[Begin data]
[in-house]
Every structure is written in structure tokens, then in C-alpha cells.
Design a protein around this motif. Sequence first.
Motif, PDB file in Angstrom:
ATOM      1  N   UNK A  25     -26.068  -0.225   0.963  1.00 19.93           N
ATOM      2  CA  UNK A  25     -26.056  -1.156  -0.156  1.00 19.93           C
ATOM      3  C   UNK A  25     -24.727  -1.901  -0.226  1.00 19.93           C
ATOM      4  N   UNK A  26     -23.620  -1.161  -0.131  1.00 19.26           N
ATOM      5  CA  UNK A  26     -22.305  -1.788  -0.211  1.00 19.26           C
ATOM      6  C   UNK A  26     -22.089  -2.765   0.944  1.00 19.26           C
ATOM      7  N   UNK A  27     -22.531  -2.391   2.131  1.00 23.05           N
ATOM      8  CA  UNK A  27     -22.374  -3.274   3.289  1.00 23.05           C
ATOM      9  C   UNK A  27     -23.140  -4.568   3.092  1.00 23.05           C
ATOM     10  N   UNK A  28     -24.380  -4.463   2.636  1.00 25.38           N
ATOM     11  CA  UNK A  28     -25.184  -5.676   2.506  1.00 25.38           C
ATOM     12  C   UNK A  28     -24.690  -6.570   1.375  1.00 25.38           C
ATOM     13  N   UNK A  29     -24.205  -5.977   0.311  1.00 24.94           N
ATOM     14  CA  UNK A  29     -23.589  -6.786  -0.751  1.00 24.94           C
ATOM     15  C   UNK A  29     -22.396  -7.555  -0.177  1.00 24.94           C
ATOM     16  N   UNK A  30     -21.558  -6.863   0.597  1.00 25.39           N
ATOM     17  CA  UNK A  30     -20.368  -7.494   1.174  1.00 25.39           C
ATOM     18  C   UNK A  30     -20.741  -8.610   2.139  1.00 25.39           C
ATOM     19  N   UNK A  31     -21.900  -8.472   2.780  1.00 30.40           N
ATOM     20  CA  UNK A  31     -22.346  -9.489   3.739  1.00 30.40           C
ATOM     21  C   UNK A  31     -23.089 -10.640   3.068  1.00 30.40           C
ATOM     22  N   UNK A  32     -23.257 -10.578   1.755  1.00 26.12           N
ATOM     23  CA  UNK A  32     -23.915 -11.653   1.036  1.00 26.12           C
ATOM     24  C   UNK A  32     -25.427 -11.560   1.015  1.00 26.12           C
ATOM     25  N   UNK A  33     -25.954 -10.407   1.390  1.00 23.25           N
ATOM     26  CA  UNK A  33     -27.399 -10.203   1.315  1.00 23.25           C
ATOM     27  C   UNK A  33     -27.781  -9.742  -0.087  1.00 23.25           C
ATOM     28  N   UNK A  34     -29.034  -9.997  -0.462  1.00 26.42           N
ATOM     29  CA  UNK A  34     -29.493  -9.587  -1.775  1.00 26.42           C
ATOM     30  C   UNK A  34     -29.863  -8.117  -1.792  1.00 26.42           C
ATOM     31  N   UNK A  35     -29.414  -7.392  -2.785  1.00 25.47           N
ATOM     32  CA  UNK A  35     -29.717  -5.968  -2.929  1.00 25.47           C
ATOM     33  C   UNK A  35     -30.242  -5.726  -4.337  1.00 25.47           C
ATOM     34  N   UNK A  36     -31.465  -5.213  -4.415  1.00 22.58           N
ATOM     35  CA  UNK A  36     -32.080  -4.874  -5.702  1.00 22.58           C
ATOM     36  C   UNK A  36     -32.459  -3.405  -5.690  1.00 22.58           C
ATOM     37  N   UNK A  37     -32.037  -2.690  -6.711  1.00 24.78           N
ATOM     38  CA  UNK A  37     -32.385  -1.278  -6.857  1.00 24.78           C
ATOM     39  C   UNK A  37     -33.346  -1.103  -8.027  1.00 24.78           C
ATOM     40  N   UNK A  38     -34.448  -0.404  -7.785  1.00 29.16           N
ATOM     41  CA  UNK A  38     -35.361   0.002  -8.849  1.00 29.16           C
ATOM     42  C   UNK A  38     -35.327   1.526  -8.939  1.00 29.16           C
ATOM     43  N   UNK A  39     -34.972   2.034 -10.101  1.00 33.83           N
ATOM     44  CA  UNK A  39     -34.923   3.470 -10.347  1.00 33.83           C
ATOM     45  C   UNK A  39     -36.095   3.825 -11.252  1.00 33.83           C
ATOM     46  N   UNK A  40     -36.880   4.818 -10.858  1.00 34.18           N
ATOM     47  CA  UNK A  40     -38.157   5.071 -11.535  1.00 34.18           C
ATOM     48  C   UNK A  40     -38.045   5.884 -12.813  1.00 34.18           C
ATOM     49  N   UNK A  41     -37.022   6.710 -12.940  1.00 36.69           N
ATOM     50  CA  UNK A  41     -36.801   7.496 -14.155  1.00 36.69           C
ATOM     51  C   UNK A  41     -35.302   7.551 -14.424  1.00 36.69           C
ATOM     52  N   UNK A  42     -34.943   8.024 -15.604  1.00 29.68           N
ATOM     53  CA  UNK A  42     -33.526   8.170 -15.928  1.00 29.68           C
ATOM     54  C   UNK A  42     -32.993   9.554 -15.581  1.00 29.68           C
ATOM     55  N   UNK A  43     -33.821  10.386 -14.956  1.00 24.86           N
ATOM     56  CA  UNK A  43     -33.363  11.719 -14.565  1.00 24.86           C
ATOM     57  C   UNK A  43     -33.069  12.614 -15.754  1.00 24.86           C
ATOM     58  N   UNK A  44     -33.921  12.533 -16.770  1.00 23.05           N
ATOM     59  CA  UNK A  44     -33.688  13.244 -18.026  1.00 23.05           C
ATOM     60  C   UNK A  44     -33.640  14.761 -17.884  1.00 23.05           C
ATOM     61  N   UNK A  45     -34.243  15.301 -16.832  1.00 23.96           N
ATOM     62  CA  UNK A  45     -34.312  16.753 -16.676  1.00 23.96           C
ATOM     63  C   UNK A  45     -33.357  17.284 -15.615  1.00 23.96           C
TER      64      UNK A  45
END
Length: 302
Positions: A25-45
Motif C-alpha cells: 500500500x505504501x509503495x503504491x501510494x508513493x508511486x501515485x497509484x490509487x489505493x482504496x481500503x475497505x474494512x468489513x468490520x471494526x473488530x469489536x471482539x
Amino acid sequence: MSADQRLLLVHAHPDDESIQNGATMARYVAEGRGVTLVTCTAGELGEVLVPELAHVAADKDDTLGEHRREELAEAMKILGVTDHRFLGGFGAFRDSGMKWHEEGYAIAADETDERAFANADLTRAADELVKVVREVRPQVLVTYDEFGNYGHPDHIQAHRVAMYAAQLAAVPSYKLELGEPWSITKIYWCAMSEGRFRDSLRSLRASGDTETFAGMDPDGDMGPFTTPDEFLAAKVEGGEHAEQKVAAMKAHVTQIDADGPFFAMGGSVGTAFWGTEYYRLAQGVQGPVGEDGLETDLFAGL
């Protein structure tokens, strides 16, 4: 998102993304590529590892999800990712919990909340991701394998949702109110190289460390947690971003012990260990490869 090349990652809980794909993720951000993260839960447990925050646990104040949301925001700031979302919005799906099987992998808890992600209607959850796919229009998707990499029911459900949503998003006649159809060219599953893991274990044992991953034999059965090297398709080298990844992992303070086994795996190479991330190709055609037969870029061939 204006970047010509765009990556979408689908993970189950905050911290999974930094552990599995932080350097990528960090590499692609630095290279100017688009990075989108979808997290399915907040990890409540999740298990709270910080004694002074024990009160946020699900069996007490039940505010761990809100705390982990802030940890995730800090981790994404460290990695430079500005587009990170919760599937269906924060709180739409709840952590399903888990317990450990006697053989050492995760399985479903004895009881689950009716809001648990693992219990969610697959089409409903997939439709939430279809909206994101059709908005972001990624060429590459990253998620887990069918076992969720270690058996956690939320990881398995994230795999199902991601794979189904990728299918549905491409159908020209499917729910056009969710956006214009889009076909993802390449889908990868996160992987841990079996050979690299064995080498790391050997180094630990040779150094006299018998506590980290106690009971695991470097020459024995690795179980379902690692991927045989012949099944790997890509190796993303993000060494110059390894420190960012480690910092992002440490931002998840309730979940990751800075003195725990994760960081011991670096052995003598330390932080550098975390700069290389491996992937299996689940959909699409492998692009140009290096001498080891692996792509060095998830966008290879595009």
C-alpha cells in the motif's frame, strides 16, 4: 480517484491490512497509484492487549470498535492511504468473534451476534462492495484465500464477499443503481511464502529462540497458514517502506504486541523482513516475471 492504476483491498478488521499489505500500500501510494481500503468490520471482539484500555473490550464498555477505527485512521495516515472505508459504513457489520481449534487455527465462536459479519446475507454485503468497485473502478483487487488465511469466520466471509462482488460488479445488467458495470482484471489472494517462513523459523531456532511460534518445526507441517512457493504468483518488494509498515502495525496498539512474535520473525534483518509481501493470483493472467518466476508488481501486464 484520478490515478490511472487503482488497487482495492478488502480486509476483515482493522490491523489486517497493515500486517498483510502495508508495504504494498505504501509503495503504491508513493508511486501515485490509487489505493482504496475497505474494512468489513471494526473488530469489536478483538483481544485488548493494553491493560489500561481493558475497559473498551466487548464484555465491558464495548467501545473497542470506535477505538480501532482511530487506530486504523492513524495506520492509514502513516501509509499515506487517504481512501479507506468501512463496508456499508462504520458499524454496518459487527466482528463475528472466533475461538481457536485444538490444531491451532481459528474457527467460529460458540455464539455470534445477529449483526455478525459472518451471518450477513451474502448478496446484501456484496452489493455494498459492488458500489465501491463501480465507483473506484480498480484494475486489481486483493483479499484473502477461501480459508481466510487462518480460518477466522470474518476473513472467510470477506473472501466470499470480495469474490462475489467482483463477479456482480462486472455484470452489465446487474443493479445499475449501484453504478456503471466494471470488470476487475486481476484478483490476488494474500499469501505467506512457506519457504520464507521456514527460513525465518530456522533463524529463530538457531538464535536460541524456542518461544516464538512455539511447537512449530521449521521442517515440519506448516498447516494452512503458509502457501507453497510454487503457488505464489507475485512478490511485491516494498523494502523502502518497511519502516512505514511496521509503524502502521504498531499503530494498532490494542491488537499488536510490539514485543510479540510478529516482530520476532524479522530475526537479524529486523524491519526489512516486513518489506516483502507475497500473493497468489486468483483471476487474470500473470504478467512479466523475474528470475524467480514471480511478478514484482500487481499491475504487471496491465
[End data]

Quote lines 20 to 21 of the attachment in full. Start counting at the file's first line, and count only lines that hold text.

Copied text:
ATOM     16  N   UNK A  30     -21.558  -6.863   0.597  1.00 25.39           N
ATOM     17  CA  UNK A  30     -20.368  -7.494   1.174  1.00 25.39           C